“In Human Touch,” an exhibition currently on display in the West Gallery at the University Museum of Art, uniquely celebrates and advances the history of the photographic image. While resisting the traditional limitations of the medium of photography, American artist Ernestine Ruben takes a unique approach to the human form, to the body in motion, and to landscape, both natural and manmade.

Paul Wong
You know what they say about guys with big thumbs …<br><br>Courtesy of UMMA

The majority of works in the exhibit are representations of the human body, both male and female, including many nudes. Unlike most representations of the body in works of art, however, Ruben focuses on untraditional parts of the human form. She often turns her lens to areas of the body not usually considered worthy of representation, such as an armpit, body hair or wrinkling skin. She is fascinated by imperfections and flaws what is not considered “beautiful” in the history of art.

Many of Ruben”s images are extreme close-ups of the human body: The roundness of a shoulder, an Adam”s apple or a knee. She abstracts details of the body, cropping closely to create geometric forms and striking absences. Walking through the exhibit is like playing a guessing game: You”re not quite sure what part of the body you are looking at.

The ambiguity of forms also leaves you wondering whether the body fragment belongs to a man or to a woman, and whether you”re looking at black skin, white skin or just a shadow.

Ruben”s images empower the viewer and truly invite participation in the act of seeing. Her focus on the part more often than the whole is her method of better understanding and exploring the human body. In fact, she has a tendency to entwine herself with the bodies of her models while photographing them, adopting extreme camera angles.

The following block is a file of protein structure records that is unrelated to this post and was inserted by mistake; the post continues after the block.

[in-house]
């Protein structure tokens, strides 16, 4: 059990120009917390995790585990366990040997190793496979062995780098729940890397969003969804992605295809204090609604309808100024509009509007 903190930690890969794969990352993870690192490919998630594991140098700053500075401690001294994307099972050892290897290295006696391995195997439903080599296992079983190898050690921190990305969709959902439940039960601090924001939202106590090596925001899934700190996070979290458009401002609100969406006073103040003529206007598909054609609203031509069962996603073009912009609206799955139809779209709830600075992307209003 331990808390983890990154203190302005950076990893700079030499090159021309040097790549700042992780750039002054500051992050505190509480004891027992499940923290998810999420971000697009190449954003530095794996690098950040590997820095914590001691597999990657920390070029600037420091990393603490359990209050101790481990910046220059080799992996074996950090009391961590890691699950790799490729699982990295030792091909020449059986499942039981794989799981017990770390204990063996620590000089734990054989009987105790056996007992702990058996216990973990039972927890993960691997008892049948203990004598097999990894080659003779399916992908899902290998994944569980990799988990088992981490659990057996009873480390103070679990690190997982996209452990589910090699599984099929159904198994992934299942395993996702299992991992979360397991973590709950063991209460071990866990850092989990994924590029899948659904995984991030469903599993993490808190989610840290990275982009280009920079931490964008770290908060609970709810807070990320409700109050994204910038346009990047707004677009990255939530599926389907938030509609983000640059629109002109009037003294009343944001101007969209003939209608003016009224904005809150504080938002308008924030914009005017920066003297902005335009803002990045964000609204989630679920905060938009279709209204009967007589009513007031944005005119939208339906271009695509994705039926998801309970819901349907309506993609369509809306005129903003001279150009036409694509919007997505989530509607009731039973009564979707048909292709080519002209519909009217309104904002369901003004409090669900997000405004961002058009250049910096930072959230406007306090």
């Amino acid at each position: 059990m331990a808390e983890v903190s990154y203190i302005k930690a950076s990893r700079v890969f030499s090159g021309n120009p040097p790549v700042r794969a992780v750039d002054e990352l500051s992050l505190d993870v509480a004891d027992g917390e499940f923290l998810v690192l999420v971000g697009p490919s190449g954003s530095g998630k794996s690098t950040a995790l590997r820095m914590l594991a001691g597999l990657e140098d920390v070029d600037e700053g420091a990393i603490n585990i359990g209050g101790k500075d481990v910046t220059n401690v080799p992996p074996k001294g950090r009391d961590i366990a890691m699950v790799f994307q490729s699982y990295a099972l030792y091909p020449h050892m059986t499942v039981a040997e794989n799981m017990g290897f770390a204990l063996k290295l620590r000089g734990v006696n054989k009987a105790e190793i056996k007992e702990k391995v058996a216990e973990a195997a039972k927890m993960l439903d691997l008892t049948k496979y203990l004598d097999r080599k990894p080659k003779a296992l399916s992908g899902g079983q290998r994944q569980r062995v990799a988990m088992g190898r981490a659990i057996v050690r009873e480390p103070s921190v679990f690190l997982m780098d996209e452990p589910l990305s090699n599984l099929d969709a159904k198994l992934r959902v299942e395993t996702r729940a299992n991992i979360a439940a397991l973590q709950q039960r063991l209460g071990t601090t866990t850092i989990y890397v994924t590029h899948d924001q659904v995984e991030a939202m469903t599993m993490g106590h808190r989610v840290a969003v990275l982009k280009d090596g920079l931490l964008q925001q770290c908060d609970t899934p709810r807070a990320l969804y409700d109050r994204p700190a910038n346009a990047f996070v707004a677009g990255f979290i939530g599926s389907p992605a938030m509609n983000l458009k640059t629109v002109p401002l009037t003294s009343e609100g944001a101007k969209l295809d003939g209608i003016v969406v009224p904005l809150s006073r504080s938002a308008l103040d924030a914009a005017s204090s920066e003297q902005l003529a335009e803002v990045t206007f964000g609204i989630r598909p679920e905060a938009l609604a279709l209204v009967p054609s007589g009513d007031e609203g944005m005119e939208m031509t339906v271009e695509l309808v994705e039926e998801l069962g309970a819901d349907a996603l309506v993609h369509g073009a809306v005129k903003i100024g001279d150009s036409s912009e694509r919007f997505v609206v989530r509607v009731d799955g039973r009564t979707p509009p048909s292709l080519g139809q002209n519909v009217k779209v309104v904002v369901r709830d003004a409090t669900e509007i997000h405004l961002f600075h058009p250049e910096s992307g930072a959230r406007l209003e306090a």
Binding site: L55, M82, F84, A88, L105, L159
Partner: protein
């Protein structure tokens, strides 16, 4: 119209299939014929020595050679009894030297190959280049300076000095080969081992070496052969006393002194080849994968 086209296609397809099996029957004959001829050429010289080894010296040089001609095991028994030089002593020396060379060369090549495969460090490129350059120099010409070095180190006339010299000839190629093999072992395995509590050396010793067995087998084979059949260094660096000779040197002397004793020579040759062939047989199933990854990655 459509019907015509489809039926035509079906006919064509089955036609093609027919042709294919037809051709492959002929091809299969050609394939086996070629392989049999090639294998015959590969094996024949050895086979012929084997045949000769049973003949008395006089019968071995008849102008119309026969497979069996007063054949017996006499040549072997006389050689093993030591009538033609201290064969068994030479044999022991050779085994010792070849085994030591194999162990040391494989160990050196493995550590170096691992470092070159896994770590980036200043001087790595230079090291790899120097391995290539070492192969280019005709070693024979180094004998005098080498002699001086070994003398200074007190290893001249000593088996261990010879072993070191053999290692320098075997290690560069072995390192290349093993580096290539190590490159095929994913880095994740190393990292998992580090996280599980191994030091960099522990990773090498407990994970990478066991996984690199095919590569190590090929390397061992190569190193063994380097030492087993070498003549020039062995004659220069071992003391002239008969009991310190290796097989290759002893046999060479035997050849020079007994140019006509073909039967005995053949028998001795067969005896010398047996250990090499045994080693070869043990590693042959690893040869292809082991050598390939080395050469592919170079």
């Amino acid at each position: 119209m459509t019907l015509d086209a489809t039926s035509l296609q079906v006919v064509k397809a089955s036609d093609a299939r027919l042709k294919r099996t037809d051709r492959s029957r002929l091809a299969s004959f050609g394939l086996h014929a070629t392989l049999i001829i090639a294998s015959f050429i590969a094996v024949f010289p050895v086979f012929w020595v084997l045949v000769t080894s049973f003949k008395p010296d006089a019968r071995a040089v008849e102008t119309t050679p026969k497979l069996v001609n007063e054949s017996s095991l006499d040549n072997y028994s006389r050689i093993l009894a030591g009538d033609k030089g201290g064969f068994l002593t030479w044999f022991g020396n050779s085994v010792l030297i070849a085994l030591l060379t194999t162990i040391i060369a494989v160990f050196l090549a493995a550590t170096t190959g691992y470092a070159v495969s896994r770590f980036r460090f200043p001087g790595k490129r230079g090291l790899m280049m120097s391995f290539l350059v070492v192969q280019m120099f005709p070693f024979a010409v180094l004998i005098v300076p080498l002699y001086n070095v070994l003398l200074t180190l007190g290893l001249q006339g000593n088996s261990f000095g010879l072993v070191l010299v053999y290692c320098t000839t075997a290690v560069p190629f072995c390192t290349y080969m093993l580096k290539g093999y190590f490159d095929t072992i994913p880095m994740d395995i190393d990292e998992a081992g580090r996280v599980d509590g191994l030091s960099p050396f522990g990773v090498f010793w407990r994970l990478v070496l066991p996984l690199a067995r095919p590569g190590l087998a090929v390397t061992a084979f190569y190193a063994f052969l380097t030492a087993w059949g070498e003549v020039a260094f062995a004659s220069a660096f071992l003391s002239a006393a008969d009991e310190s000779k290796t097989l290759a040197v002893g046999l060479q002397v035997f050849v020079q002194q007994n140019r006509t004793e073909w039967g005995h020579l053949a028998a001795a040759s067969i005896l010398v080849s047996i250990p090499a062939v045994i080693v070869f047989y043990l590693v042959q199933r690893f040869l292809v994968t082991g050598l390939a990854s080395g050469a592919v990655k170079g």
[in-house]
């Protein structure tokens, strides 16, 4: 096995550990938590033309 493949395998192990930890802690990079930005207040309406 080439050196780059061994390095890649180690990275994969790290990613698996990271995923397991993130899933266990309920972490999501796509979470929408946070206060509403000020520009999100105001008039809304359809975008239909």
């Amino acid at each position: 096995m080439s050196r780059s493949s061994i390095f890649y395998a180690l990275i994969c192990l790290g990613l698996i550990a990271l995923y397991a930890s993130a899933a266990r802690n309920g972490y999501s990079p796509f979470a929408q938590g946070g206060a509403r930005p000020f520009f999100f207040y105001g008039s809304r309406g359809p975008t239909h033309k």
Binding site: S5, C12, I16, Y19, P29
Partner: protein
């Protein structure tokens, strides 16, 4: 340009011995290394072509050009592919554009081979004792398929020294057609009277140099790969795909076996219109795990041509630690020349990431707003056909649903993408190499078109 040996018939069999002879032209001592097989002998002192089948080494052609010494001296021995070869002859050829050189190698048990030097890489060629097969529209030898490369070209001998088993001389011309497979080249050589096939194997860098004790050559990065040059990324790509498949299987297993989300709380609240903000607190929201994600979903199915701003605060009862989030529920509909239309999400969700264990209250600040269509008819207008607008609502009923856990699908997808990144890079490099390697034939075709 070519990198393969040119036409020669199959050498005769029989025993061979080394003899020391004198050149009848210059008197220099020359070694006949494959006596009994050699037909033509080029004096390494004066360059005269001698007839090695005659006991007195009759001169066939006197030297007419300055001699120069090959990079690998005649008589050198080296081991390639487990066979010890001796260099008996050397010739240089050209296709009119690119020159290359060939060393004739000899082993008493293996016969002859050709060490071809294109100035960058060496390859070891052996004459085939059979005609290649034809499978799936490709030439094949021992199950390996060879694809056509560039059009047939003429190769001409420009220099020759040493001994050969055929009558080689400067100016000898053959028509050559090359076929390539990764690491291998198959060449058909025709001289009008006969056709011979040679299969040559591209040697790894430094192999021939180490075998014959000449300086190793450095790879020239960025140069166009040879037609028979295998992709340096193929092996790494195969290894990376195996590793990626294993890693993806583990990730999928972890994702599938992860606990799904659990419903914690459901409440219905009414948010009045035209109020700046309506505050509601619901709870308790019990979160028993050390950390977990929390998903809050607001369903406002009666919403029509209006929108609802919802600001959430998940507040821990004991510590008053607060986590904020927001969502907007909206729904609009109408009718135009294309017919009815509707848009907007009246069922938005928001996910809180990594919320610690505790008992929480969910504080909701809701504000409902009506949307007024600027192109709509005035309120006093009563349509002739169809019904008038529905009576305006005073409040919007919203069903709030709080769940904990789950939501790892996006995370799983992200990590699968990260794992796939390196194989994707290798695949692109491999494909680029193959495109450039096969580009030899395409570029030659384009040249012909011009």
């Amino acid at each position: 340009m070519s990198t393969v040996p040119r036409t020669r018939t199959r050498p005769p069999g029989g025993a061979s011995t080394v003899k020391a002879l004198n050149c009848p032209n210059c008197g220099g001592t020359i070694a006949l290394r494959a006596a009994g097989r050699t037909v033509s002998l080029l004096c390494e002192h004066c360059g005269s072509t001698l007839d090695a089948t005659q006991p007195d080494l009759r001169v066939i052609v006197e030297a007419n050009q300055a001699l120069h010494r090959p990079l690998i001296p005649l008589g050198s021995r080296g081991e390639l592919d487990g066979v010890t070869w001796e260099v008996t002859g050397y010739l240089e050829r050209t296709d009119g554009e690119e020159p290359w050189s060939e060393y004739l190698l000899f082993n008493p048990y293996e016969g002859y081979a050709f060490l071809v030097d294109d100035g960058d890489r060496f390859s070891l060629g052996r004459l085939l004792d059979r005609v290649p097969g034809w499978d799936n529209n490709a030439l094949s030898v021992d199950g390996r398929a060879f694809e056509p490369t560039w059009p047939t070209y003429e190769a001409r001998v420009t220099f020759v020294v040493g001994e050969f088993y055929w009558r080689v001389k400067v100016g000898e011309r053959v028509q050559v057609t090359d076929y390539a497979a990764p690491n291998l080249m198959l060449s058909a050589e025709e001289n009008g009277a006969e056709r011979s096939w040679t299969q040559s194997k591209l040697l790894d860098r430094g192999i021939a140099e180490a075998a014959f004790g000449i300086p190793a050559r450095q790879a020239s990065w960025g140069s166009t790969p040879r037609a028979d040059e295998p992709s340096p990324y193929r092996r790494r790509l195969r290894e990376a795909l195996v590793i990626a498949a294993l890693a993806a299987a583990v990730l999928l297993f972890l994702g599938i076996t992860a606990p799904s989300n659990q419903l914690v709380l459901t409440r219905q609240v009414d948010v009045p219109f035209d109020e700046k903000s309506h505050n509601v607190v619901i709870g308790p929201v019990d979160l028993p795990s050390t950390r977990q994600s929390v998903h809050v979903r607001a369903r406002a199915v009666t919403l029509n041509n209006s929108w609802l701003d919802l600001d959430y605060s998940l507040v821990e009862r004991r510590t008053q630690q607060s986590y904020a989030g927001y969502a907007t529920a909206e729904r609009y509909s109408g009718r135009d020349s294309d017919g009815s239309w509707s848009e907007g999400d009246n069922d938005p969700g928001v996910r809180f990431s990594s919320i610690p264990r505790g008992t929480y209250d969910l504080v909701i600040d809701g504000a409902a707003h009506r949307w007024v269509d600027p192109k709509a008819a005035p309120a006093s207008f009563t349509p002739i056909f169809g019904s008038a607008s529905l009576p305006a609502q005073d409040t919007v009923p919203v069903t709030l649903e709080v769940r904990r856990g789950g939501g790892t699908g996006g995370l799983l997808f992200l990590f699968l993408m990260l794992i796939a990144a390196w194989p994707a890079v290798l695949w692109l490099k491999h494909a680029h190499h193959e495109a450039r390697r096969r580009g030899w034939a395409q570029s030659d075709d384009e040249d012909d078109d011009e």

It”s fascinating to see how much meaning can be condensed into a small fragment of the body. “I chose the human body for subject matter because I had always worked with it. It can defy the camera it can breathe, it can move, it can change,” said Ruben.

Working in a variety of photographic media, ranging from the silver prints of her early career to her current exploration of gum bichromate printed on handmade papers, Ruben has deeply explored issues of focus, structure, and dimensionality. Ruben captures many of her most striking effects through a manipulation of her media. The gum bichromate process allows Ruben to manipulate such effects as tonal contrast and color saturation during the printing process itself, enabling her to achieve otherworldly effects.

Ruben often employs processes, techniques, and materials that are not part of or at least had fallen out of the scope of modern photography. She manipulates her subjects in such a way that does not allow us to believe in the image as an unaltered record of reality. Essentially, Ruben reminds us that two-dimensional images do not have to be strictly representational.

Ruben, a distinguished alum, grew up in Birmingham, in a home surrounded by works of art and music. Although Ruben pursued sculpture throughout her life, she did not begin taking fine art photos until the age of 47. Just a few years after her initial studies, her work was discovered by Jean-Luc Monterosso, director of the Maison Europen de la Photographie, and was exhibited under his auspices. Her work has since been widely shown and collected.

In Human Touch is a retrospective selection of Ruben”s work completed since the late 1970s, when Ruben first turned to fine art photography. The exhibition includes both traditional framed photos as well as instillation pieces.

The instillation pieces are mixed media works documenting the Jewish Cemetery in Prague and the ancient ruins of Petra in Jordan.

So, if armpits, wrinkling skin and a little body hair doesn”t scare you, visit the UMMA, a get a truly unique perspective of the human body.

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